June 21 2010
He wasn't supposed to be there at the end.
He was the one who everyone thought would fade away. They saw 391st in the world.
Gregory Havret saw Pebble Beach. And his chance.
On a day when three of the biggest names in the games struggled, the 33-year-old Frenchman came within a shot of winning the U.S. Open. He threw out a closing 72 to finish second to winner Graeme McDowell. And his 1-over par final 18 just happened to be the lowest final round of the top five players.
"Well, my feeling right now is it's probably the best surprise for me,'' Havret said. "So I'm very happy. But it's also the biggest disappointment. It doesn't mean I would have won because maybe a playoff and then see what happens.''
He had the chance. Playing in just his fourth major -- he missed two cuts and tied for 19th at the 2008 British Open -- he trailed McDowell by a shot for the last four holes. He bogeyed the 17th to fall two back, but McDowell bogeyed the same hole a few minutes later. So Havret went into 18 with a chance at that playoff.
He was competing. For a major.
"Just before 17, 16 I was really playing fine and I had some opportunities and then nearly holed that long putt on 16, that shot on 17 was a little bit too much right, but down the middle of the club and it's a shame I didn't make that one up and down,'' he said. " It's a shame I didn't get up‑and‑down on the last.''
A little disappointing, too.
"I'm obviously very happy,'' he said. "I need probably a couple of hours to ‑‑ don't know the word in English-- but to get over it. Absolutely. And, yeah, I'll be very, yeah, I'll have a great night and some fantastic memories.''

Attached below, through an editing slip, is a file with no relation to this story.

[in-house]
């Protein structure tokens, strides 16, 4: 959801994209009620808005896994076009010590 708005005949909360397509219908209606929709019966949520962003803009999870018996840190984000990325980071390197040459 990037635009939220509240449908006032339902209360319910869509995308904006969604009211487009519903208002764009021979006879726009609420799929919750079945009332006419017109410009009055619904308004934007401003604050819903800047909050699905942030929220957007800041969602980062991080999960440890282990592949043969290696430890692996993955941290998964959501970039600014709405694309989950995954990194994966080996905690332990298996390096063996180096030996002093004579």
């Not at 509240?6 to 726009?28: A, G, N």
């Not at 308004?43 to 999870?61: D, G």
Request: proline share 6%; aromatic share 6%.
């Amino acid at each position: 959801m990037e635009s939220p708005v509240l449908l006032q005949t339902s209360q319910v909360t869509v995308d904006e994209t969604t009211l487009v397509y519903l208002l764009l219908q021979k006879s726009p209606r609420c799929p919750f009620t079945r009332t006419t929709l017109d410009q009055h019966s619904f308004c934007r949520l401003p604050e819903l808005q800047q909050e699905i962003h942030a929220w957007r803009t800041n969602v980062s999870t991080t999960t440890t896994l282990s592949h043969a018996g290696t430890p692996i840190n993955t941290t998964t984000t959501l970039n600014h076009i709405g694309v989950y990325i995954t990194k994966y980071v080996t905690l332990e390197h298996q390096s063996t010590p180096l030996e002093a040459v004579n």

Like playing the final round with Tiger Woods. And closing with a 72 to his 75. And beating both Woods and Mickelson by two shots; Ernie Els by one. So no, he wasn't intimidated.
"The job is the same,'' he said. "I mean it's, the golf course ‑‑ of course it's something different. You got the crowds so much for him, and everybody screaming his name all the way around during four and a half hours. My ears were, you know, repentful, but it's great. It's great.
"I look to see that in France and see these emotions, and it's not really the way we do it. It's more British type, you know. It's a bit more quiet. Which is nice too, but it's always fun for us to come over here and see this crowd, and that's the big difference. Otherwise it's been very nice. We talked a bit and he's a great player. He didn't play good today, I was very glad to play with him to have the experience, and it will make me stronger, I hope.''
He jumped to 177th the in world rankings -- that's 214 places -- thanks to that second place.
And, just so you know, he's proud to have a European winner. Prouder still that he predicted it. After all, they play a lot of links golf in Europe and they're used to the cold, windy weather, too.
"On the beginning of the week my French guys, journalist, French guys, they asked me, who do you think is going to win, and I said it's going to be a European guy,'' he said. ". . . I mean, we have this pretty much quite often, so, yeah, I mean, so yeah I'm very happy for Graeme, it breaks 40 years of hopes for Europeans, I came second, I'm quite happy to, so it's very exciting.'' -- Melanie Hauser